supply chain
Factories waiting longer for supplies.

The Jordan, Knauff & Company (JKC) Valve Stock Index was up 47% over the last 12 months, and the broader S&P 500 Index was up 27.4%. The JKC pump stock index rose 45% for the same period.1  

The Institute for Supply Management’s Purchasing Managers Index (PMI) rose to 61.1% in September. The largest segment increase was a 3.9 point rise in the supplier delivery index, which rises when factories have to wait longer for supplies. Eight out of 10 survey respondents, reflecting almost every industry, cited supply chain and sourcing problems. The production index fell to 59.4% and backlogged orders fell 3.4 points.

Stock indices October 1, 2020 to September 30, 2021.
IMAGE 1: Stock indices from Oct. 1, 2020, to Sept. 30, 2021. Local currency converted to USD using historical spot rates. The JKC Pump and Valve Stock Indices include a select list of publicly traded companies involved in the pump and valve industries, weighted by market capitalization. Source: Capital IQ and JKC research.

The prices paid index rose to 81.2% with 17 of the 18 manufacturing industries reporting paying higher prices for inputs. Labor is another concern for manufacturers who continue to struggle to fill job openings. Transportation, food and beverage, paper and machinery specifically noted labor challenges as a constraint on their activity.

The J.P. Morgan Global Manufacturing PMI posted a reading of 54.1% in September, unchanged from August’s six-month low. European manufacturing held nine out of the 10 best growth readings. The weaker performances were generally seen in Asia. Thailand, Malaysia, Myanmar, Vietnam, Mexico and Russia registered sub-50% readings.

rig counts
IMAGE 2: U.S. energy consumption and rig counts. Source: U.S. Energy Information Administration and Baker Hughes Inc.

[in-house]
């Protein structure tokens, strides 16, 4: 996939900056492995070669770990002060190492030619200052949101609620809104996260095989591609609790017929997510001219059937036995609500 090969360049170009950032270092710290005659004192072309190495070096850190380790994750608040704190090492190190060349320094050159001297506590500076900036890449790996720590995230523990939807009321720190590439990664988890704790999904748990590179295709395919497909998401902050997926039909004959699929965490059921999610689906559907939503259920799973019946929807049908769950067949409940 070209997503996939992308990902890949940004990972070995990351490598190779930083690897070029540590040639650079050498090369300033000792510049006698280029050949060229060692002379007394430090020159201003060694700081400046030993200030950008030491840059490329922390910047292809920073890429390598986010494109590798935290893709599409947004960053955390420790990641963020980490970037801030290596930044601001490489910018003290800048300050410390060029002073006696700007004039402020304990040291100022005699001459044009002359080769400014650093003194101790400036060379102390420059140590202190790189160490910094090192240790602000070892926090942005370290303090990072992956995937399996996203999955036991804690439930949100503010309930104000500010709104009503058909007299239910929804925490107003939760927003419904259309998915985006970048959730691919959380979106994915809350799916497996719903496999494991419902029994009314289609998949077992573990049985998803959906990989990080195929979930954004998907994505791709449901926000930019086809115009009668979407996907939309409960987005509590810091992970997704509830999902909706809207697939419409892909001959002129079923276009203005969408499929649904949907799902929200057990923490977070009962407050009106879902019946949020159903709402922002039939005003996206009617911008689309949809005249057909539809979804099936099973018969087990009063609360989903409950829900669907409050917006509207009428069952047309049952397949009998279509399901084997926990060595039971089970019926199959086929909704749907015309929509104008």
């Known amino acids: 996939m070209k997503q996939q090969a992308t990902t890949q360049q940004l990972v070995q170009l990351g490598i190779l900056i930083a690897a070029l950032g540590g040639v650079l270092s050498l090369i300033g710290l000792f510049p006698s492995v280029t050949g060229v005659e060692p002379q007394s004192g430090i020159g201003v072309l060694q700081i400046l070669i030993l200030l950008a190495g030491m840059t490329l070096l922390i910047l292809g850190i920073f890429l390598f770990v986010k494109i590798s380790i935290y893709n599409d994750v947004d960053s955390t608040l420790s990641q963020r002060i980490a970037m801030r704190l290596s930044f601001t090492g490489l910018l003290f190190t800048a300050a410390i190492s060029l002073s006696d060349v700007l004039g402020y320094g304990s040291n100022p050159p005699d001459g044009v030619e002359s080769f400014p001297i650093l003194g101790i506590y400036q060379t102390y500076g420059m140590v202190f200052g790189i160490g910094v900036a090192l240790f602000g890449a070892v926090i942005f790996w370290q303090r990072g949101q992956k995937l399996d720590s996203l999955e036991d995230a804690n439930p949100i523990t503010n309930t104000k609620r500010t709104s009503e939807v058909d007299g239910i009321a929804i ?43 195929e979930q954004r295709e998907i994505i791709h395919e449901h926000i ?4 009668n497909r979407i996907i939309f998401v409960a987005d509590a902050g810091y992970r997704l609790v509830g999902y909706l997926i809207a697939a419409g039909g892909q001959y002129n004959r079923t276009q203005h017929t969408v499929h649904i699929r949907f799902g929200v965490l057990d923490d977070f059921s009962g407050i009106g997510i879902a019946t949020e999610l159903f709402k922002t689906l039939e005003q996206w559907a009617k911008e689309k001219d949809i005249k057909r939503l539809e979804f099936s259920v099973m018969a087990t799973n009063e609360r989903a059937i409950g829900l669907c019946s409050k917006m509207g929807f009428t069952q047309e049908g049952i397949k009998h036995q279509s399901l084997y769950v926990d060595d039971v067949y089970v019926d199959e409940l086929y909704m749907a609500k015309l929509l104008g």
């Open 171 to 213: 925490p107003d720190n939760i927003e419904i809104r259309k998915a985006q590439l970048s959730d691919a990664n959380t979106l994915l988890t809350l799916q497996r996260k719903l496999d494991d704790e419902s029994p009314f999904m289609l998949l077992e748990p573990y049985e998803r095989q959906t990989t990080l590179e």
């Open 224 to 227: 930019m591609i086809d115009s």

Brent crude oil spot prices averaged $71 per barrel (b) in August, down slightly from July but up $26/b over last August. Brent prices have risen over the past year due to steady draws on global oil inventories. The U.S. Energy Information Administration expects Brent prices to remain near current levels for the rest of 2021. Growth in production from OPEC+ countries, U.S. tight oil, and other non-OPEC countries will outpace slowing growth in global oil consumption in 2022 and is expected to contribute to Brent prices declining to an annual average of $66/b.

Crude oil inventories in Cushing, Oklahoma, the home to 14% of U.S. commercial tank and underground crude oil working storage capacity, totaled 32.9 million barrels in the week ending Sept. 10—a 42% decrease since the beginning of 2021. Inventories at Cushing are 26% lower than the previous five-year average for this time of year.

The 35 million barrels (the equivalent of 1.2 million barrels per day) decline in June 2021 was the largest decline in U.S. crude oil inventory (including crude oil in the Strategic Petroleum Reserve) since 1981 when data collection began. 

pmi shipments
IMAGE 3: U.S. PMI and manufacturing shipments. Source: Institute for Supply Management Manufacturing Report on Business and U.S. Census Bureau.

On Wall Street, all the major indices fell for September, as the Dow Jones Industrial Average fell 4.3%, the S&P 500 Index lost 4.8% and the NASDAQ Composite was down 5.3%. For the third quarter of the year, the Dow Jones slid 1.9%, while the S&P 500 and the NASDAQ added 0.2% and 0.4%, respectively. Inflation concerns weighed on investors, while supply chain constraints, especially chip and labor shortages, put pressure on
the economy.  


The S&P Return figures are provided by Capital IQ.